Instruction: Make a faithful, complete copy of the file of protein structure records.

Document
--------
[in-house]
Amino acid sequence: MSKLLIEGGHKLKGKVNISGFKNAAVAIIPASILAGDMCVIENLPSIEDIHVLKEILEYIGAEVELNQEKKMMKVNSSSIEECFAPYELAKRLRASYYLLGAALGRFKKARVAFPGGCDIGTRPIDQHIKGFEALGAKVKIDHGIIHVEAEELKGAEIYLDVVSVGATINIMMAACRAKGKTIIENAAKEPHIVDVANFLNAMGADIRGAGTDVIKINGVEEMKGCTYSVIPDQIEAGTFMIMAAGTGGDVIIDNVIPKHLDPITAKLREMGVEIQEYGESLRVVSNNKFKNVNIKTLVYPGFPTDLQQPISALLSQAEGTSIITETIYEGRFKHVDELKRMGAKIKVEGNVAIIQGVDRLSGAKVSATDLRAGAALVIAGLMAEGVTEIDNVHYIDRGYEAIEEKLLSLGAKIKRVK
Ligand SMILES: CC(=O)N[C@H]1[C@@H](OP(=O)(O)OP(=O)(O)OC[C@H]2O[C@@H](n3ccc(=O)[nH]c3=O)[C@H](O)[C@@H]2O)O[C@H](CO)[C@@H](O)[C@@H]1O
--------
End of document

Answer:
[in-house]
Amino acid sequence: MSKLLIEGGHKLKGKVNISGFKNAAVAIIPASILAGDMCVIENLPSIEDIHVLKEILEYIGAEVELNQEKKMMKVNSSSIEECFAPYELAKRLRASYYLLGAALGRFKKARVAFPGGCDIGTRPIDQHIKGFEALGAKVKIDHGIIHVEAEELKGAEIYLDVVSVGATINIMMAACRAKGKTIIENAAKEPHIVDVANFLNAMGADIRGAGTDVIKINGVEEMKGCTYSVIPDQIEAGTFMIMAAGTGGDVIIDNVIPKHLDPITAKLREMGVEIQEYGESLRVVSNNKFKNVNIKTLVYPGFPTDLQQPISALLSQAEGTSIITETIYEGRFKHVDELKRMGAKIKVEGNVAIIQGVDRLSGAKVSATDLRAGAALVIAGLMAEGVTEIDNVHYIDRGYEAIEEKLLSLGAKIKRVK
Ligand SMILES: CC(=O)N[C@H]1[C@@H](OP(=O)(O)OP(=O)(O)OC[C@H]2O[C@@H](n3ccc(=O)[nH]c3=O)[C@H](O)[C@@H]2O)O[C@H](CO)[C@@H](O)[C@@H]1O